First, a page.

Researchers from Trend Micro have reported the discovery of two Twitter posts containing malicious memes that feature hidden code that acts like a command-and-control service for downloaded malware.
In a blog post published late last week, the researchers said the tweets were posted on 25 October and 26 October, respectively, using a Twitter account created back in 2017. Abusing the meme this way is essentially a unique form of steganography, a technique used by malware developers to conceal malicious code inside images in order for it to go undetected.
In this case, the memes hid a "/print" command, which tells the malware to take screenshots of the infected machine and then exfiltrate images to an attacker-controlled server whose address is available via a hard-coded URL on Pastebin.com.
Trend Micro identities the corresponding malware as TROJAN.MSIL.BERBOMTHUM.AA. Researcher and blog post author Aliakbar Zahravi said the threat is "notable because the malware’s commands are received via a legitimate service (which is also a popular social networking platform), employs the use of benign-looking yet malicious memes, and it cannot be taken down unless the malicious Twitter account is disabled."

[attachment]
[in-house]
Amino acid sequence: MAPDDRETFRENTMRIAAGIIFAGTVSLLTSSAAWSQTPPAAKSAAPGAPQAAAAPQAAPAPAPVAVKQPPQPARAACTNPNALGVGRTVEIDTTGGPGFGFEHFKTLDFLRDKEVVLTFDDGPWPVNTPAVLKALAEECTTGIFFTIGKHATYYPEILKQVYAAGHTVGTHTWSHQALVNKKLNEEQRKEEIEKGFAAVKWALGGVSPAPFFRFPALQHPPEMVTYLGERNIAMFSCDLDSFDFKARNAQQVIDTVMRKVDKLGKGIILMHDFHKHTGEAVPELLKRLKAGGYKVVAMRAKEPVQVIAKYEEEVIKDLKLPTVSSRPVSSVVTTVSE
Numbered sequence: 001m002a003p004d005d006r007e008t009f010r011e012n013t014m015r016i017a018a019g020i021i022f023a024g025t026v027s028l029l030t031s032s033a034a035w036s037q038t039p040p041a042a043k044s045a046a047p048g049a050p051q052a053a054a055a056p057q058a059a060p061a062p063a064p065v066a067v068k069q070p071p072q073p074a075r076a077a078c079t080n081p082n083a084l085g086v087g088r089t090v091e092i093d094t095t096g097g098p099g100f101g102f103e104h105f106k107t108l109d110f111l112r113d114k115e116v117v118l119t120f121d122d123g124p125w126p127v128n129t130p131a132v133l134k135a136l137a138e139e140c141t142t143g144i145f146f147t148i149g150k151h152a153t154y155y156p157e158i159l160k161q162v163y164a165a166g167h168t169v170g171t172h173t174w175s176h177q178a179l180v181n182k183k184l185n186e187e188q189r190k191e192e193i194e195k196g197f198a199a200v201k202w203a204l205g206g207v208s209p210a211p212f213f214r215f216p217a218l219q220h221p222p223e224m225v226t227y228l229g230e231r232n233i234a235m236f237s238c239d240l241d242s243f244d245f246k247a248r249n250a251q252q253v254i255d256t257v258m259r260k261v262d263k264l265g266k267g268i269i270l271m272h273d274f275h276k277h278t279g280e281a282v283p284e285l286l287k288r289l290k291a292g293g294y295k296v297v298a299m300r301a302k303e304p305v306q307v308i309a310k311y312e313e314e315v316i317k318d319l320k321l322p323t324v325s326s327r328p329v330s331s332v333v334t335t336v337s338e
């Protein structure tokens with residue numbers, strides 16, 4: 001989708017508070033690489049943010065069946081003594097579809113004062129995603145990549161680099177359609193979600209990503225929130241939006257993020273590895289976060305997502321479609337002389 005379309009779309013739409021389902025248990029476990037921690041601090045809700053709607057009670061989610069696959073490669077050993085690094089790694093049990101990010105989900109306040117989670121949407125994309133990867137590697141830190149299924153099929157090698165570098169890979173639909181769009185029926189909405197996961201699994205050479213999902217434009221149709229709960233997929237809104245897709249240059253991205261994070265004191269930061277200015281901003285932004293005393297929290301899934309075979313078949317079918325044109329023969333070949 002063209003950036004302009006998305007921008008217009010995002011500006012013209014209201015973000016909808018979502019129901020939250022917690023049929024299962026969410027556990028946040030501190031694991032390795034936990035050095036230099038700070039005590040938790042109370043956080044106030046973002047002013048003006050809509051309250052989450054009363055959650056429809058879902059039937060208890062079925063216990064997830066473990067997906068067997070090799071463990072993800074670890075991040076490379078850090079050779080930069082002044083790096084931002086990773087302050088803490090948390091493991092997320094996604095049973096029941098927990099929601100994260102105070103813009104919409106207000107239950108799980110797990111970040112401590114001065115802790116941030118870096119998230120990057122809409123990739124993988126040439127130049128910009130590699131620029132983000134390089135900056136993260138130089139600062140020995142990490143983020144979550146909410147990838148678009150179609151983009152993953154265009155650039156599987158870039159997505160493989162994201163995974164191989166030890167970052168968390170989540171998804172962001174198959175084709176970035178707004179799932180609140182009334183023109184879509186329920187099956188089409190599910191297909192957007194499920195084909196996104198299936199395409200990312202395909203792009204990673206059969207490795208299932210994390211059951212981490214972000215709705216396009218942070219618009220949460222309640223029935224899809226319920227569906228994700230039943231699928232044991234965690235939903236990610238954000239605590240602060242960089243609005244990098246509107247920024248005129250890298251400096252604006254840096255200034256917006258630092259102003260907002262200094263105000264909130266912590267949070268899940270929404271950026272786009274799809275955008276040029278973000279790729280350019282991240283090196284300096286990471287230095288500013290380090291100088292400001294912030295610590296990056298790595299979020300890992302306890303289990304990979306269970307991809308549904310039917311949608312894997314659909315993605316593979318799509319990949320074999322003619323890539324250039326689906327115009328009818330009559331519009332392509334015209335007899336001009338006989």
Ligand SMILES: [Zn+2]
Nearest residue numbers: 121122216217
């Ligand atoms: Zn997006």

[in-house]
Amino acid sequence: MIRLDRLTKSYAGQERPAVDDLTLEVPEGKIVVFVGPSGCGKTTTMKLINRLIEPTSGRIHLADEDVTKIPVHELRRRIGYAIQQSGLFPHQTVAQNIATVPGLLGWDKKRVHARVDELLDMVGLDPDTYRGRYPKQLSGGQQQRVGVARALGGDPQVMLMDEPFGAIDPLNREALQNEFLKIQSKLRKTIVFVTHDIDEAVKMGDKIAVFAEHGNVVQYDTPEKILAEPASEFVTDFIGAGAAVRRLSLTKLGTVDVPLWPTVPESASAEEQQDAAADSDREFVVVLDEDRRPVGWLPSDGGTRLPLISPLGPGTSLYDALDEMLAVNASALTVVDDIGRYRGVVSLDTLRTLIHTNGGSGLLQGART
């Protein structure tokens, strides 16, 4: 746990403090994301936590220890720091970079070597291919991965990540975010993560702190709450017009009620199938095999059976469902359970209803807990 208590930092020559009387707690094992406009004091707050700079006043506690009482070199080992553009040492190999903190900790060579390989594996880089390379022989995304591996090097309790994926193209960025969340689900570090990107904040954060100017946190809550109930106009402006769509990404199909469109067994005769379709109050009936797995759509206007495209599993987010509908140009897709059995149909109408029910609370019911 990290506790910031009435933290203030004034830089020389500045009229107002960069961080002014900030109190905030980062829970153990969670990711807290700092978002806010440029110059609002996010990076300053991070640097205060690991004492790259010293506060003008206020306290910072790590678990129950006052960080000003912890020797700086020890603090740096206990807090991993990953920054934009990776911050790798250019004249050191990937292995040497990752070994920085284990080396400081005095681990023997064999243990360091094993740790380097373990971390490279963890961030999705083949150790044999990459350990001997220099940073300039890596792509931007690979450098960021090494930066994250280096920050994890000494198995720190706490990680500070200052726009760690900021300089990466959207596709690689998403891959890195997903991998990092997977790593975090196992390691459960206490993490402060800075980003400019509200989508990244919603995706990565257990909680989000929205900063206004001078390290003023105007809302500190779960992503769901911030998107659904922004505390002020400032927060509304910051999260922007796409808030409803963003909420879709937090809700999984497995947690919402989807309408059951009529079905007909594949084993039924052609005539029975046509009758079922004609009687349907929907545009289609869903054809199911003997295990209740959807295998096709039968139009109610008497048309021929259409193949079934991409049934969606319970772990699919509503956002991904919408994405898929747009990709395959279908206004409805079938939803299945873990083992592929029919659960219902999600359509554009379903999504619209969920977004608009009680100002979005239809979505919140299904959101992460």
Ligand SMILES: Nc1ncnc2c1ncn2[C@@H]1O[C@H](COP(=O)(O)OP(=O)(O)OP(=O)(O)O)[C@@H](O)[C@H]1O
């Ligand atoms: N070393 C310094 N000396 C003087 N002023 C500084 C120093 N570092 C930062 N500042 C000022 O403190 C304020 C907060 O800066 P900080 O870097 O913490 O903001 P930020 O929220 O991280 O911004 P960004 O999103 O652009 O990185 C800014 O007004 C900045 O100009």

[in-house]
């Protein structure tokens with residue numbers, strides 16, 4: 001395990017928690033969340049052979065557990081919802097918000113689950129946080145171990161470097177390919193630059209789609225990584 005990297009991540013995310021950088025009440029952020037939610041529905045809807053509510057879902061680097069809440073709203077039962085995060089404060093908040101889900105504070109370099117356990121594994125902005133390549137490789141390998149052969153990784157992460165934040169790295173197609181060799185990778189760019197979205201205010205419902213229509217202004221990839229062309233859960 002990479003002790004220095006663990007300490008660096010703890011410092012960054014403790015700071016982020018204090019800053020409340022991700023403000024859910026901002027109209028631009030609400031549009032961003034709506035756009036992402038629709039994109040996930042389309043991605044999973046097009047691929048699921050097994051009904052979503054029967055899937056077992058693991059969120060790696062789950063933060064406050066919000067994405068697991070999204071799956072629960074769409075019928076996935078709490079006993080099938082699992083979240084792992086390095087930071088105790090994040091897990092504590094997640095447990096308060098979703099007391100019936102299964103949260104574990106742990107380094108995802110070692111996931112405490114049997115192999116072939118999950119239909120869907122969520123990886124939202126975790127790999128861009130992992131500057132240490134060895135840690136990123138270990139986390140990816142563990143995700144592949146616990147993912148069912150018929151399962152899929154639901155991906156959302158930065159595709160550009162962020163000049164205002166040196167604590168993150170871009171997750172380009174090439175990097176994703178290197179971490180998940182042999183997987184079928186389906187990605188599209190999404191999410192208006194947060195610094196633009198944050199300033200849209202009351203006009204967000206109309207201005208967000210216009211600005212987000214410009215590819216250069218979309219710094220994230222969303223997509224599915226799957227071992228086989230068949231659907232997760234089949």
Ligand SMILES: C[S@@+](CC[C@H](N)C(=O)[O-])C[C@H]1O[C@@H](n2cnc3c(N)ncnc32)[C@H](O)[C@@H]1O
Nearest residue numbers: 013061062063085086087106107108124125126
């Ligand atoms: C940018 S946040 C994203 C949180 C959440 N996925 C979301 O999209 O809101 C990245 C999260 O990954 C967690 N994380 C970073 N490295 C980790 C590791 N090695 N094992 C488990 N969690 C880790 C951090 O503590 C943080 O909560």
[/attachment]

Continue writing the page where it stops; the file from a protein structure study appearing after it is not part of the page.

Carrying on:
This malware supports other commands besides "/print," including commands for capturing clipboard content, and collecting host machine information, including usernames, running processes and file names. It is not clear, however, what the method or vector is through which the malware infects its victims.
Twitter removed the offending account on 13 December, Trend Micro added. A screenshot provided by the cyber-security company shows that one of the memes featured an image of Laurence Fishburne in The Matrix, with words that read: "WHAT IF I TOLD YOU THE RESOURCES ARE NOT REAL". The user’s display name in the screenshot was "bomber".
Twitter’s shares fell seven percent yesterday following the Trend Micro report, as well as a public disclosure from the social media giant that it was investigating unusual online support forum traffic that could have been the work of state-sponsored hackers.
This article was originally published on SC Media US.